Toned muscles work harder for you. Period. Some runners worry about adding bulk through weight lifting. But that’s not the goal. Strength training gives you added speed, increased energy, more efficient oxygen intake, and flexibility.
Core, back, and leg muscles are crucial to a runner’s performance. Adding weights to your workouts can make all three more powerful. This added strength keeps your body from breaking down too early in a run. When you can fight fatigue, you can run faster and longer.
Three types of exercises you can do with hand weights are the lunge, squat to overhead press, and alternating rows.
Lunges target your hamstrings, calves, glutes, and quads. All of these muscles assist your core and your balance. The squat to overhead press works your core, back, quads, and oxygen intake. And alternating rows will tone your arms, shoulders, back, and core. Upper body strength is just as important as lower for keeping fatigue at bay during a run.
Training with weights is about building strength, not bulking up. And strong, toned muscles can turn you into a lean, mean running machine.
High-intensity walking is a terrific workout alternative. It’s easier on the knee joints, is a mood-elevator, and good for breath work and pacing.
But did you know that a combination of running and walking can increase both your race time and your training days? How? By giving your body a chance to recover, even just a few minutes at a time.
During races, if you take short breaks to walk, your body recovers quicker. Each time you start to run again you’ll go faster. You can finish the race earlier than if you had run the entire course at one pace.
This run/walk method of training and racing is not new. Top runners know that it allows your whole system to recharge faster.
And because walking offers quick recovery, it can add days to your training schedule.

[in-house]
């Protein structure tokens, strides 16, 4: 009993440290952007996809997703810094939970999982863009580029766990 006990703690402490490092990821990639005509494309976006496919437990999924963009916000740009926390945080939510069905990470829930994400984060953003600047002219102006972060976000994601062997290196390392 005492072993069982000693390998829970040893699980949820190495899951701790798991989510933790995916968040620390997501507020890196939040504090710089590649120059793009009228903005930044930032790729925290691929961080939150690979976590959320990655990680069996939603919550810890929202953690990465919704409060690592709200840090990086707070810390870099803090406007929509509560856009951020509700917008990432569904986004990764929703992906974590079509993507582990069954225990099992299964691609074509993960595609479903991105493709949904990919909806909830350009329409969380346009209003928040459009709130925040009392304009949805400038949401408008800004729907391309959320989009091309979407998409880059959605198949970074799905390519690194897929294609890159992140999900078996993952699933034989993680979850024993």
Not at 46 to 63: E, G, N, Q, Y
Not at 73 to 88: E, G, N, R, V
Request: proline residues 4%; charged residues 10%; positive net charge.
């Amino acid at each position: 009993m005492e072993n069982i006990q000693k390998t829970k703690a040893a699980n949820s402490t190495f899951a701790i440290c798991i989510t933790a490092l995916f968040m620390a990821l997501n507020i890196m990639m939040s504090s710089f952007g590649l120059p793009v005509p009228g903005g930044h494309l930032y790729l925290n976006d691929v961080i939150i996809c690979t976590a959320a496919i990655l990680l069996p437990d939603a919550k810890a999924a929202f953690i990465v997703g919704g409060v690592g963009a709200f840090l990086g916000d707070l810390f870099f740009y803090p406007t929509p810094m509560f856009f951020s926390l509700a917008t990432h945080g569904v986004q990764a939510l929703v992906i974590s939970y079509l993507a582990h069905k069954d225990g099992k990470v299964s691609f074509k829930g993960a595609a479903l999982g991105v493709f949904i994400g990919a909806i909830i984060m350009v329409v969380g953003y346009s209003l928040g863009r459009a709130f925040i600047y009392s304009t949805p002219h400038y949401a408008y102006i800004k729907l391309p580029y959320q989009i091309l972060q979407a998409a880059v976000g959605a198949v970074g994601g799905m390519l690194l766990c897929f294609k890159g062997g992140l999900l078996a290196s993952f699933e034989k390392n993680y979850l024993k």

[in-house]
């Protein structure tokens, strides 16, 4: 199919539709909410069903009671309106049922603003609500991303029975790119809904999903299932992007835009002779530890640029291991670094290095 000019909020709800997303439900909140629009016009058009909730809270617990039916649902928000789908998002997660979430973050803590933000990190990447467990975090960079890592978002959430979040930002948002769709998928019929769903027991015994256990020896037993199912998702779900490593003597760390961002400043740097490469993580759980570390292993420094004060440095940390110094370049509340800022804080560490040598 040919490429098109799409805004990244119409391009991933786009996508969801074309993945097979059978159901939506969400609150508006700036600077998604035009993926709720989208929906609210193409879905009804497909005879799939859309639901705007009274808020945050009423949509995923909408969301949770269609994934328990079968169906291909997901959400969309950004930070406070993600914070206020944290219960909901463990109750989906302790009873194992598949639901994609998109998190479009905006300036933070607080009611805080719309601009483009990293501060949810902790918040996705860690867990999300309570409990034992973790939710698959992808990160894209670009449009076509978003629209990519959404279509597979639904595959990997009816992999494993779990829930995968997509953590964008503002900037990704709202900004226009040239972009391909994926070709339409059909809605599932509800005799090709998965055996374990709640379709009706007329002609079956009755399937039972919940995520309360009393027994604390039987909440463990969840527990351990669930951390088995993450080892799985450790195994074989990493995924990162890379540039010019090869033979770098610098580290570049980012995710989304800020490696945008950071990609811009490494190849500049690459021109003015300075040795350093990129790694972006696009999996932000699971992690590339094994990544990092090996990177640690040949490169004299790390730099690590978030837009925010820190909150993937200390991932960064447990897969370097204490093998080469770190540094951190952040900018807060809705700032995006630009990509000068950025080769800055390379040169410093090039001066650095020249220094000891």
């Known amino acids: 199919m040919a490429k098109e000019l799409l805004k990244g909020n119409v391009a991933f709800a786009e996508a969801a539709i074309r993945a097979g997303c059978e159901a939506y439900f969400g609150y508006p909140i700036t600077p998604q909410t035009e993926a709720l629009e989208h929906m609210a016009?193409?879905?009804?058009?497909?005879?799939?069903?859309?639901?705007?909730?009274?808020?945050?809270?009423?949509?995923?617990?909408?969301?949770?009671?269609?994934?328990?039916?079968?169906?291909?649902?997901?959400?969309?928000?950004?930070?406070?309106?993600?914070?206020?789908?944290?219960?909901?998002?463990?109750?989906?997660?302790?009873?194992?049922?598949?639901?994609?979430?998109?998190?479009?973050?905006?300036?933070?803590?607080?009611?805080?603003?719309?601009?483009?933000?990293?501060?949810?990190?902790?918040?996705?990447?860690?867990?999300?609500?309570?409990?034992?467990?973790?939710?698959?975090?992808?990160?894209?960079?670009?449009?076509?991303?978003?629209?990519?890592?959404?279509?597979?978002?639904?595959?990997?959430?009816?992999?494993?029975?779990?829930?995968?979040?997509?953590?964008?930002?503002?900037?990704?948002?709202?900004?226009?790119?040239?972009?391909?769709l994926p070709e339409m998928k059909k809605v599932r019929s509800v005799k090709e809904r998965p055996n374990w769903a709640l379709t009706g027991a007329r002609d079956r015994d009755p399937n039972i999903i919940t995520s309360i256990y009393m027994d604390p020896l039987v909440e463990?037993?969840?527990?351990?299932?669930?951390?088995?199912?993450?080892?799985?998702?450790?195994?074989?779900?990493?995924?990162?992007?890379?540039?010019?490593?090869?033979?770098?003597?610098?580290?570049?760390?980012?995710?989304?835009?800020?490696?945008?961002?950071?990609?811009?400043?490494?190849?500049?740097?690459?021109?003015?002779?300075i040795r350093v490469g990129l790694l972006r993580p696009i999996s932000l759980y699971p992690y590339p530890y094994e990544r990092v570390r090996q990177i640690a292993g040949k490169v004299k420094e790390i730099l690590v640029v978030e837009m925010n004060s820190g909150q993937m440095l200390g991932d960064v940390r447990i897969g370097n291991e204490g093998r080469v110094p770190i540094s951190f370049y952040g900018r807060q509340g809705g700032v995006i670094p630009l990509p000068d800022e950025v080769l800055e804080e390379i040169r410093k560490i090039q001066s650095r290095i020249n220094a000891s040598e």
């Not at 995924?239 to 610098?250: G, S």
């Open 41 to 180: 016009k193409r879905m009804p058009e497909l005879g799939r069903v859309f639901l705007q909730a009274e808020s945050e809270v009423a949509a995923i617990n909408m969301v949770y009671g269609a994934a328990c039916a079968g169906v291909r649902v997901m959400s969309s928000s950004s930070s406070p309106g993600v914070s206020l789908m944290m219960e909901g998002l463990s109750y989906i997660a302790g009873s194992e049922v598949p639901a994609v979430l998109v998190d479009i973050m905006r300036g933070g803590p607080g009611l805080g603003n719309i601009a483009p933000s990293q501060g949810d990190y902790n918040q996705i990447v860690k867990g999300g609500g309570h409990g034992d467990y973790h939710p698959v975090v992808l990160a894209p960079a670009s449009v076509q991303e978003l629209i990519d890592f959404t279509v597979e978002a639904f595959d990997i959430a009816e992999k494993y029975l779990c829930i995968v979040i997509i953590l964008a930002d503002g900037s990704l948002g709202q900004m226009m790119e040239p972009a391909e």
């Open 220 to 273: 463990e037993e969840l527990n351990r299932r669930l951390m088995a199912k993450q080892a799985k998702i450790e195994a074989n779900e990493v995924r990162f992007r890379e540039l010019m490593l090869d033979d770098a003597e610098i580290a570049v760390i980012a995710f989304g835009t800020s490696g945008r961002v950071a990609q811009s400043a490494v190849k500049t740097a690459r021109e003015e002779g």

For example, if you run 20 miles you might have two days of downtime until your next run. But using the run/walk method, your body breaks down less during a long run. Having a faster recovery time means you can train again sooner.
Swimming laps or doing water aerobics is a refreshing way to burn calories, improve mobility, and work on toning and stamina. It also offers the following:
• Cool water provides anti-inflammatory benefits.
• Increases your oxygen capacity.
• Boosts overall endurance for long runs.
Another benefit is that pool work is a great rehab option for runners recovering from injuries. The buoyancy of the water creates minimal impact on the affected body part. This lets a runner work on a range of motion and strengthening exercises with a lot less discomfort, and less chance of further injury.
Don’t have a pool? Check for a YMCA or local gym in your area with a pool that offers water aerobics classes or lap swim times.
Engaging in different types of workouts can boost your performance through a wider range of physical and mental benefits that running, by itself, doesn’t.
Great runners are like great race car drivers. A winning race car doesn’t cross the finish line first because it’s the fastest. It crosses the finish line first because the driver knows how to get the best performance out of it.